Muslims attending prayers at Hungary’s largest mosque have been physically abused, had their cars set alight and been the targets of anti-migration protests. They expect things to get worse.
In the run-up to April national elections, Prime Minister Viktor Orban has ramped up his rhetoric for a campaign set to be dominated by migration - and Hungary’s tiny Muslim population is feeling the backlash.
Critics believe that Mr Orban is playing an anti-migrant card to tap the insecurities of Hungarians after centuries of history marked by invasion and occupation to win a third consecutive term in office. He has become notorious throughout Europe – and feted by the far-right – for building a border fence along the country’s southern borders to keep the migrants out.
“He [Orban] thinks it’s just a game but we’re the ones that are suffering from it,” said Sultan Bolek, a Hungarian historian.
The concerns are no more keenly felt than in this Budapest suburb where some 500 people gather for Friday prayers at the anonymous former offices of an executive toy maker that were converted into a mosque in 2011.
Some of those who turn up expect “pogroms and killings” before the country’s leadership reacts to increasing anti-Muslim sentiment, said Sultan Sulok, the president of the Organisation of Muslims in Hungary.
Mr Orban’s increasingly hostile stance against Muslims followed the 2015 migration crisis when hundreds of thousands of people passed through the central European nation and headed to countries such as Germany, Sweden and the UK.
Mr Orban – who has been premier since 2010 - has previously described the arrival of asylum seekers in Europe as a “poison” with every migrant posing a “public security and terror risk”.
His administration has pushed back against European Union plans for countries to take in a quota of migrants to relieve the pressure on Italy and Greece.
The government’s campaign to oppose the plan led to an uptick of violence against the estimated 40,000 Muslim population, though no official figures have been compiled.
"The political rhetoric was focussed against Muslims and that's when the incidents increased and the beatings happened," Mr Sulok told The National in his office at the Mosque of Muslims in Hungary.
Trouble started soon after it was built in 2011 when four men stoned and torched cars outside during Ramadan prayers.
One man was arrested and claimed he reacted to hearing people inside the mosque say that Hungary was created for the Arabs, said Mr Sulok based on his conversations with police. He said the incident was treated as vandalism and largely ignored by the media.
Since then, demonstrators placed signs on the walls of the mosque with anti-migrant slogans. Neighbours have also complained about noise from the building, despite the mosque being just a few yards from a busy railway line.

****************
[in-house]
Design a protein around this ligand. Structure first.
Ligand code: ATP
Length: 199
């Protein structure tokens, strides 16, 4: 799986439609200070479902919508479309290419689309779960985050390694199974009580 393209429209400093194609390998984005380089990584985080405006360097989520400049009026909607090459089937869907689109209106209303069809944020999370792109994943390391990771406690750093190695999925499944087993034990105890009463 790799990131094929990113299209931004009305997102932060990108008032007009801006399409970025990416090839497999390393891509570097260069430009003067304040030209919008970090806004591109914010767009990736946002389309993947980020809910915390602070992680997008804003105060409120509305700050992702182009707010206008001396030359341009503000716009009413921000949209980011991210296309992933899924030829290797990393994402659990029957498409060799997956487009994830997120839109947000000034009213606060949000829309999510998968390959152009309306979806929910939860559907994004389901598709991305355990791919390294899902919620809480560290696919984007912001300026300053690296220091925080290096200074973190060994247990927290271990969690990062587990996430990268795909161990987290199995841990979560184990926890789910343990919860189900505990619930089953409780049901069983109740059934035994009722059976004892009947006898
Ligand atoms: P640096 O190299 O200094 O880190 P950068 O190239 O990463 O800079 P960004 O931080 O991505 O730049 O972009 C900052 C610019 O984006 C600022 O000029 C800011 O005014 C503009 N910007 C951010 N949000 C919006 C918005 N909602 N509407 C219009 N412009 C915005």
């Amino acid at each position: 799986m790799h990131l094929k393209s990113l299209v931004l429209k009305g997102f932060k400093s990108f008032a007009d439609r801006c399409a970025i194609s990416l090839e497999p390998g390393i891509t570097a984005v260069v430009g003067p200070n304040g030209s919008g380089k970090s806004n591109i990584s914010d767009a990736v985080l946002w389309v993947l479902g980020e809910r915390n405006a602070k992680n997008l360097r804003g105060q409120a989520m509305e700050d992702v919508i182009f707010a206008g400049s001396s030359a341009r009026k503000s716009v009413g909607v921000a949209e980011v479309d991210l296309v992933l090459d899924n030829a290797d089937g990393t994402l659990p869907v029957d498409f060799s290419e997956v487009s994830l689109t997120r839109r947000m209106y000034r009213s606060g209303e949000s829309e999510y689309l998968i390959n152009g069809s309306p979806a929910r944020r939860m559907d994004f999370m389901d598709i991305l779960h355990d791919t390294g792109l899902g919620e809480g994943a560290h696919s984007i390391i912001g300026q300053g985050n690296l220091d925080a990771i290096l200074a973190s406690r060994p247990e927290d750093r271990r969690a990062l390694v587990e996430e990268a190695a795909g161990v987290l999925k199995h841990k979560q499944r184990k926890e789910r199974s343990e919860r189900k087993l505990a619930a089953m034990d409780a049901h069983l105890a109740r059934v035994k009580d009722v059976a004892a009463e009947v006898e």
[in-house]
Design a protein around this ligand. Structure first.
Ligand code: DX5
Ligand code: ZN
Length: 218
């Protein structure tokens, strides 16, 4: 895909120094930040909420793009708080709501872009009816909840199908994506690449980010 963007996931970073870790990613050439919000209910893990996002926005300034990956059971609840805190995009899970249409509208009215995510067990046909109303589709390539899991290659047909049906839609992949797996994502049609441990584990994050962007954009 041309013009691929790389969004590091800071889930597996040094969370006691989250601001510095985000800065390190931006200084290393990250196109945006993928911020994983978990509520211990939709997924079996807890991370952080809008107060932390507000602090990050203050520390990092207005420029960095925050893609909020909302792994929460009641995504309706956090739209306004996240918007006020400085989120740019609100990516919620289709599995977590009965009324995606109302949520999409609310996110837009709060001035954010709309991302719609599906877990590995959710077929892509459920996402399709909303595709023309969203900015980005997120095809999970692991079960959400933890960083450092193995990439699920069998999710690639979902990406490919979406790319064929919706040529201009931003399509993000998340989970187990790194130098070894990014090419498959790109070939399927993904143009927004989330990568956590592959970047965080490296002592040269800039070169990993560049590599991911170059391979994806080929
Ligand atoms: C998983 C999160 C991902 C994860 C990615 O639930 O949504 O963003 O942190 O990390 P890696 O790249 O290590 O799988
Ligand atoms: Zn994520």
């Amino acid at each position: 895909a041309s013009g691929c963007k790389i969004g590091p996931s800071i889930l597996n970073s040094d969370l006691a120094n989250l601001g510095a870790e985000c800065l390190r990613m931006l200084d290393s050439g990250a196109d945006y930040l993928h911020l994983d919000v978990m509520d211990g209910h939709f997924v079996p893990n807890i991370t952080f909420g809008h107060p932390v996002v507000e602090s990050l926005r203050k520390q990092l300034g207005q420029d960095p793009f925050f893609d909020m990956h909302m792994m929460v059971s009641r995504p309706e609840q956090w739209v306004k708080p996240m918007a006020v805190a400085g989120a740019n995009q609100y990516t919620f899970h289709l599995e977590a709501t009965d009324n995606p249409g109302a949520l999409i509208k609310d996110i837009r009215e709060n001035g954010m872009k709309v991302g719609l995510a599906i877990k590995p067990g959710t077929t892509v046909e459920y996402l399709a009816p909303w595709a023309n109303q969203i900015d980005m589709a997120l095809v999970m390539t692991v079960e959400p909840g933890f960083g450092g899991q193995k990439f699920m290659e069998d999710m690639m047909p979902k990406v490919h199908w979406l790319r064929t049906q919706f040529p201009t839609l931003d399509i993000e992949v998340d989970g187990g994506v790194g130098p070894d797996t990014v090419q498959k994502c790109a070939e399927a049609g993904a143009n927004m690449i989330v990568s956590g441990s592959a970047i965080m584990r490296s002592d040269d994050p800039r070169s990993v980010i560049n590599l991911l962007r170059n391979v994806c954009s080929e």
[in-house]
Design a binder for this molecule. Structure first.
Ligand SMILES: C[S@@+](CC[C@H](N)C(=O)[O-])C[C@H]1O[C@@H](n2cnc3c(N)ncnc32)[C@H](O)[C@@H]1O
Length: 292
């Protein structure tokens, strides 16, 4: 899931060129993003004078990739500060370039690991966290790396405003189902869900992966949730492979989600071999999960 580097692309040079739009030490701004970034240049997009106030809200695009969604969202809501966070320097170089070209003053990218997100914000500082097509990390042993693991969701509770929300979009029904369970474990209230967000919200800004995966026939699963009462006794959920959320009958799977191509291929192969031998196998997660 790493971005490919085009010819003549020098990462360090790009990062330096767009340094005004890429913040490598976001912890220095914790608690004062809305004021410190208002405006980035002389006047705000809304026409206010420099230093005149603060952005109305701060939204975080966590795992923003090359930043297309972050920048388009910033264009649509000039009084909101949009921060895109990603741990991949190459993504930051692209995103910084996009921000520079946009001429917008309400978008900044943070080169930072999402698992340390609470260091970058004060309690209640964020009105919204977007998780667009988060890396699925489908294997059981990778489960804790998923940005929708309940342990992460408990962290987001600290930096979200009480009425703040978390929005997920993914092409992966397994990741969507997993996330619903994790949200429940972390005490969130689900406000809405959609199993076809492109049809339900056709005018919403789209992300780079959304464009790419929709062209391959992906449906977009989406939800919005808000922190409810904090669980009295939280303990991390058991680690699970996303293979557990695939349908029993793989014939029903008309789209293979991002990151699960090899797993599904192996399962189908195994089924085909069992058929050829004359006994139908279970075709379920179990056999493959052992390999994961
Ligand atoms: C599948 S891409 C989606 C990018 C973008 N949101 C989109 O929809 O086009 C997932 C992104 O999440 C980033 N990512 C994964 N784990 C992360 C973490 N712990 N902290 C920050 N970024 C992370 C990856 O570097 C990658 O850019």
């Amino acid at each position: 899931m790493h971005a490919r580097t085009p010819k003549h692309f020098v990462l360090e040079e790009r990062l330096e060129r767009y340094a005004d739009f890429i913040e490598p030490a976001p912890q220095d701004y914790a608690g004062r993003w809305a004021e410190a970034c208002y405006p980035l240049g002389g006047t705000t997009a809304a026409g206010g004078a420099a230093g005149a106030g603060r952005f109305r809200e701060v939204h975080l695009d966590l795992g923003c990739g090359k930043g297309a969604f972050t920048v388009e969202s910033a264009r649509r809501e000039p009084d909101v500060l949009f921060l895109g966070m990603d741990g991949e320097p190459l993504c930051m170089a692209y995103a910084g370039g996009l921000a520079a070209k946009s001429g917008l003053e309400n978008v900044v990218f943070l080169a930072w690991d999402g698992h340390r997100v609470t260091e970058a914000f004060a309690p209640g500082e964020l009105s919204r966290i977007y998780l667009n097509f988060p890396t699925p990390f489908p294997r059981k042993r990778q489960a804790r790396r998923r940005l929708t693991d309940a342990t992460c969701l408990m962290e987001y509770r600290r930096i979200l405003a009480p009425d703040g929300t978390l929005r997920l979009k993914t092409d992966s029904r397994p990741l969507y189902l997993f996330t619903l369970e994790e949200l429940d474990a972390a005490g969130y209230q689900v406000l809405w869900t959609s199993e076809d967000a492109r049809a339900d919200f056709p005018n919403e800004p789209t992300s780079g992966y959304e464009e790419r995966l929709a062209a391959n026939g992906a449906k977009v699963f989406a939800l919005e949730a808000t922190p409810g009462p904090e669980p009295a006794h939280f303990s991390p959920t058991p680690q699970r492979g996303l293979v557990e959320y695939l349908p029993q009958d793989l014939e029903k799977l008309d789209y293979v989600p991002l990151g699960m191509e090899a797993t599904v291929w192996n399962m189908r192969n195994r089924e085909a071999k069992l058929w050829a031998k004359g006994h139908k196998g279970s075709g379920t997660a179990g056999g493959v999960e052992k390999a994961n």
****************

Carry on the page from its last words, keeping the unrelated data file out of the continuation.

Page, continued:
In one of the rare incidents reported to police, attackers in 2016 tore off a woman’s hijab and shook her by the hair at a petrol station in the town of Orbottyan about 25 miles northeast of Budapest, according to campaigners.
The attack prompted Mr Bolek, who is also president of the Hungarian Islamic Community, to write to Mr Orban to demand better protection for Muslims. Mr Bolek blamed the "irresponsibility" of politicians and journalists for the increased threats, according to the letter seen by The National. He has not received a reply.
Mr Bolek said he personally collected 15-20 reports of anti-Muslim crimes every year in the absence of official recording of hate crimes by the authorities. “There was the case of one girl who was threatened with a knife and told to get off a tram in Budapest because she was Muslim,” said Mr Bolek.
“The problem is once something big happens - if they burned down a mosque - then there might not be a way back. What’s he going to say then?”
Mr Orban’s closest opponents for next month’s elections is from Jobbik, a far-right group that has raised the prospect of increasing the size of the barrier fence that has defined Mr Orban’s leadership.
The party’s vice-president passed a local law banning burkhas and minarets from his hometown, despite there being no mosque and, according to reporters who visited, only two Muslims living there.
“Only successful and flourishing countries can integrate we are not one of them unfortunately,” Marton Gyongyosi, the party’s foreign policy expert, said in an interview.
Many of Hungary’s Muslims are from Arab countries who travelled to Hungary to study during the 40 years of communism and remaining.
“We have the fewest Muslims in Europe but the biggest hatred and the biggest campaign against them,” said Anna Lénárd, the managing director of Budapest Walkshop who runs a Muslim-themed sightseeing tour.
A survey in 2016 by a thinktank Nezopont Institute found that newly two-thirds of those surveyed believed that Islam was a threat to European societies.
“Most people have never met a Muslim in their life so they don’t know what they are afraid of,” said Ms Lénárd. “To be a Muslim in Hungary was like being a Martian.”